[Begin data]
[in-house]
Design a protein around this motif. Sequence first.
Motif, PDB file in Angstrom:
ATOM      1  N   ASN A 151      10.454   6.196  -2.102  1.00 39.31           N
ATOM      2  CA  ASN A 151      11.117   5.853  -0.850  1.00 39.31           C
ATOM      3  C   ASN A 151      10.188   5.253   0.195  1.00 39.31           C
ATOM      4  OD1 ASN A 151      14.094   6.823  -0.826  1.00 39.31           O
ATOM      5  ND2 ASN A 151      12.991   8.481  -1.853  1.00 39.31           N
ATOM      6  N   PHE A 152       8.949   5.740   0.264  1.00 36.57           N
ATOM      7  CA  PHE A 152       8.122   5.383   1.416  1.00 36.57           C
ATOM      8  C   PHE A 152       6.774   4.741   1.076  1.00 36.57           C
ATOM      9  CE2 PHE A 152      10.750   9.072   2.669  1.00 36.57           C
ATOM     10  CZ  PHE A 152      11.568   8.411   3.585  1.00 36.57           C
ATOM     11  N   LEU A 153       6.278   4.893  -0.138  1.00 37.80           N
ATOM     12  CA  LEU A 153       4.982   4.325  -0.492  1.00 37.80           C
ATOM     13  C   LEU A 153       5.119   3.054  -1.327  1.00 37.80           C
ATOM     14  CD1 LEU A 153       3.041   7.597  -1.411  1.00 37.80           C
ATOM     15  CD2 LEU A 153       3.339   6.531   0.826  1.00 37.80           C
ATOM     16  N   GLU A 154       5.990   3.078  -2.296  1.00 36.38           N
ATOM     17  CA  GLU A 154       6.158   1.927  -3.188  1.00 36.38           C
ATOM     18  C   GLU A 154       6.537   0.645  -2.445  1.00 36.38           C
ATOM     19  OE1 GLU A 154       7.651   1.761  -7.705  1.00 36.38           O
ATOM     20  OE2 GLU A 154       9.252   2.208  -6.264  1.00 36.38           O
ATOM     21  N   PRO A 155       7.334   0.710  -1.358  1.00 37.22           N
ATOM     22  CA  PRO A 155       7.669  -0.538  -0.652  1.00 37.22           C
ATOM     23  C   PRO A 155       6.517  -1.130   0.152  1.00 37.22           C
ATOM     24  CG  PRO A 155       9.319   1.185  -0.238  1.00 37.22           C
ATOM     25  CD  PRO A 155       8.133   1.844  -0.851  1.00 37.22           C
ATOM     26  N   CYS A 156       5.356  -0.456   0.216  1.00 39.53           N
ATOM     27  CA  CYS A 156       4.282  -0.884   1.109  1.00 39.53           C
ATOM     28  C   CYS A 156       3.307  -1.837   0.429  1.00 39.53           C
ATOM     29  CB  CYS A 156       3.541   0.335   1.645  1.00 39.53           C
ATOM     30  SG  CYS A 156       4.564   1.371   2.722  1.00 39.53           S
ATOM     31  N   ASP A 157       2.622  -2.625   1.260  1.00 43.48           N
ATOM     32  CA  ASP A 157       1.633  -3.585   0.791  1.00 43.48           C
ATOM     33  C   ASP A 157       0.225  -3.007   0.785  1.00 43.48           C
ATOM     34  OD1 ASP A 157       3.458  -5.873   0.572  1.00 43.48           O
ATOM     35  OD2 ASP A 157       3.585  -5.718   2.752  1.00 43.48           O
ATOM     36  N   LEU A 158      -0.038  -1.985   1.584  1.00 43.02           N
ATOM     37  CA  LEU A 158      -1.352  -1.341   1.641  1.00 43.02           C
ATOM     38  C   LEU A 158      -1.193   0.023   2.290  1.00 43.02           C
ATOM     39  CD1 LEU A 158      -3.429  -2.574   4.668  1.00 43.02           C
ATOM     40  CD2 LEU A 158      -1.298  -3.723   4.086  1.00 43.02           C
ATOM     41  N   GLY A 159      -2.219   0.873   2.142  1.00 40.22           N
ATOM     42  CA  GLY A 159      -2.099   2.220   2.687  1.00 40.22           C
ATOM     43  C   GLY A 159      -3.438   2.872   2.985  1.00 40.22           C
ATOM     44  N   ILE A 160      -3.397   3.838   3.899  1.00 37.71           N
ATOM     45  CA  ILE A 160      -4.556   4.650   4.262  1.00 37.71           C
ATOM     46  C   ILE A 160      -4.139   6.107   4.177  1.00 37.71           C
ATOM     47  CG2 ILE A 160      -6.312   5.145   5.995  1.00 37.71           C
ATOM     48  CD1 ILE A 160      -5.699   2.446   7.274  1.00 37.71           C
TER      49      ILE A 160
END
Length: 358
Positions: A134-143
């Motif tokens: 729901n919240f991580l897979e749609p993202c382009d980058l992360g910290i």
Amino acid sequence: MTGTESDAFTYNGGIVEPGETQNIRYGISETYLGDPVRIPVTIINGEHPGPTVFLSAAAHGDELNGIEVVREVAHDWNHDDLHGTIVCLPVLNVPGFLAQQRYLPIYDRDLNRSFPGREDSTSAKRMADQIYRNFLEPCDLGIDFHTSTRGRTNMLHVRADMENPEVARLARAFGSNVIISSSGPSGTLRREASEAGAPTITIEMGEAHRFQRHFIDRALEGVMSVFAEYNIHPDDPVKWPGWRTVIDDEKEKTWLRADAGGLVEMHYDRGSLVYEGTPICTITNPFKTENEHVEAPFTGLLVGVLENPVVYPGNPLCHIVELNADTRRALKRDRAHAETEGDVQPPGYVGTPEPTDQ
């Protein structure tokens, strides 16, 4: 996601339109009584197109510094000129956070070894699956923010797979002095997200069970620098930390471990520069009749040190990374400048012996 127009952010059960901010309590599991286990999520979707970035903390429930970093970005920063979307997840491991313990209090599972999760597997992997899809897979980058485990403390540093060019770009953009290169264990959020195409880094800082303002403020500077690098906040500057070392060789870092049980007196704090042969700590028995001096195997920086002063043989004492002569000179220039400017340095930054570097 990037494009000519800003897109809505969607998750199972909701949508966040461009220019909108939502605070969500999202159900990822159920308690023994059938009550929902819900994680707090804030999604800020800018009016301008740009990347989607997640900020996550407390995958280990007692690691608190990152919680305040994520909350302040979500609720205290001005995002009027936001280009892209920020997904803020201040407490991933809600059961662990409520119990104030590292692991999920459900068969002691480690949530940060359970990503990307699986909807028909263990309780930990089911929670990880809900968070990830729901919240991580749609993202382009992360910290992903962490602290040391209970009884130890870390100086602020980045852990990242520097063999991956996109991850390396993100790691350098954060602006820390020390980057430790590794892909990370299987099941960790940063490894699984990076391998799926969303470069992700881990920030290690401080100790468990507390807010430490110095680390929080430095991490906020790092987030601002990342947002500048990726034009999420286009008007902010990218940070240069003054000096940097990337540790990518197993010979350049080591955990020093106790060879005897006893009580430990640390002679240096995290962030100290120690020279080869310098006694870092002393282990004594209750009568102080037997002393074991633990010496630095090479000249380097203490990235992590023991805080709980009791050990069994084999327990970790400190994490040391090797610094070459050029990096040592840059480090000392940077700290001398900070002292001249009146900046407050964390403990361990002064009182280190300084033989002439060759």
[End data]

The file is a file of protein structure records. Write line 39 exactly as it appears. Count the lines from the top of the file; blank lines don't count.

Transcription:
ATOM     36  N   LEU A 158      -0.038  -1.985   1.584  1.00 43.02           N